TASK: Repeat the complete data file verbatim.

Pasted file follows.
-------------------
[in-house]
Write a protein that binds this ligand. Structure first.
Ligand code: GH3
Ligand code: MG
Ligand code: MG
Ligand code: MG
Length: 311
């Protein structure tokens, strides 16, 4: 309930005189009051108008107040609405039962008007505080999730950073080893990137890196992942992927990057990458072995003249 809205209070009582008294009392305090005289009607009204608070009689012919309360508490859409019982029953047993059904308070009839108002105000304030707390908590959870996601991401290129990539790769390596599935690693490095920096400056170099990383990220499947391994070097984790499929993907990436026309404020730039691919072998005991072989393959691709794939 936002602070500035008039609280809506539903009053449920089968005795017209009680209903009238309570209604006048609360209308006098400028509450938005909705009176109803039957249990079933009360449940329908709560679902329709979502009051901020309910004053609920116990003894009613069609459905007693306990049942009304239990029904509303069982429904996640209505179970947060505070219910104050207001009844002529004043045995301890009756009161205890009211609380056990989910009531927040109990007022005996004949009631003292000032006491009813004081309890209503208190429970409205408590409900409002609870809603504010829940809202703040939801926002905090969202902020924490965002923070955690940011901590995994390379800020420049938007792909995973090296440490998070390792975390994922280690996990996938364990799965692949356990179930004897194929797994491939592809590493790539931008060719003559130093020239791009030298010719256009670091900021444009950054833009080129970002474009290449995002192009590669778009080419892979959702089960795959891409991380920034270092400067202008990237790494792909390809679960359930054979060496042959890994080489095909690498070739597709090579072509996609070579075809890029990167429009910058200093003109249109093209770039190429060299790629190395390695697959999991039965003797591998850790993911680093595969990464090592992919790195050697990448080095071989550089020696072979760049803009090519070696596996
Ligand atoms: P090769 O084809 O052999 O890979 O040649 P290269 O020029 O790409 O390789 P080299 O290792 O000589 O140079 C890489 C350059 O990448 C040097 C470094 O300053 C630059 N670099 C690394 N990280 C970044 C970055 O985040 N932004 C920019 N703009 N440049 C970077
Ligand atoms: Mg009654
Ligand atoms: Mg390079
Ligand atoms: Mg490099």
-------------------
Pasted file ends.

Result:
[in-house]
Write a protein that binds this ligand. Structure first.
Ligand code: GH3
Ligand code: MG
Ligand code: MG
Ligand code: MG
Length: 311
């Protein structure tokens, strides 16, 4: 309930005189009051108008107040609405039962008007505080999730950073080893990137890196992942992927990057990458072995003249 809205209070009582008294009392305090005289009607009204608070009689012919309360508490859409019982029953047993059904308070009839108002105000304030707390908590959870996601991401290129990539790769390596599935690693490095920096400056170099990383990220499947391994070097984790499929993907990436026309404020730039691919072998005991072989393959691709794939 936002602070500035008039609280809506539903009053449920089968005795017209009680209903009238309570209604006048609360209308006098400028509450938005909705009176109803039957249990079933009360449940329908709560679902329709979502009051901020309910004053609920116990003894009613069609459905007693306990049942009304239990029904509303069982429904996640209505179970947060505070219910104050207001009844002529004043045995301890009756009161205890009211609380056990989910009531927040109990007022005996004949009631003292000032006491009813004081309890209503208190429970409205408590409900409002609870809603504010829940809202703040939801926002905090969202902020924490965002923070955690940011901590995994390379800020420049938007792909995973090296440490998070390792975390994922280690996990996938364990799965692949356990179930004897194929797994491939592809590493790539931008060719003559130093020239791009030298010719256009670091900021444009950054833009080129970002474009290449995002192009590669778009080419892979959702089960795959891409991380920034270092400067202008990237790494792909390809679960359930054979060496042959890994080489095909690498070739597709090579072509996609070579075809890029990167429009910058200093003109249109093209770039190429060299790629190395390695697959999991039965003797591998850790993911680093595969990464090592992919790195050697990448080095071989550089020696072979760049803009090519070696596996
Ligand atoms: P090769 O084809 O052999 O890979 O040649 P290269 O020029 O790409 O390789 P080299 O290792 O000589 O140079 C890489 C350059 O990448 C040097 C470094 O300053 C630059 N670099 C690394 N990280 C970044 C970055 O985040 N932004 C920019 N703009 N440049 C970077
Ligand atoms: Mg009654
Ligand atoms: Mg390079
Ligand atoms: Mg490099």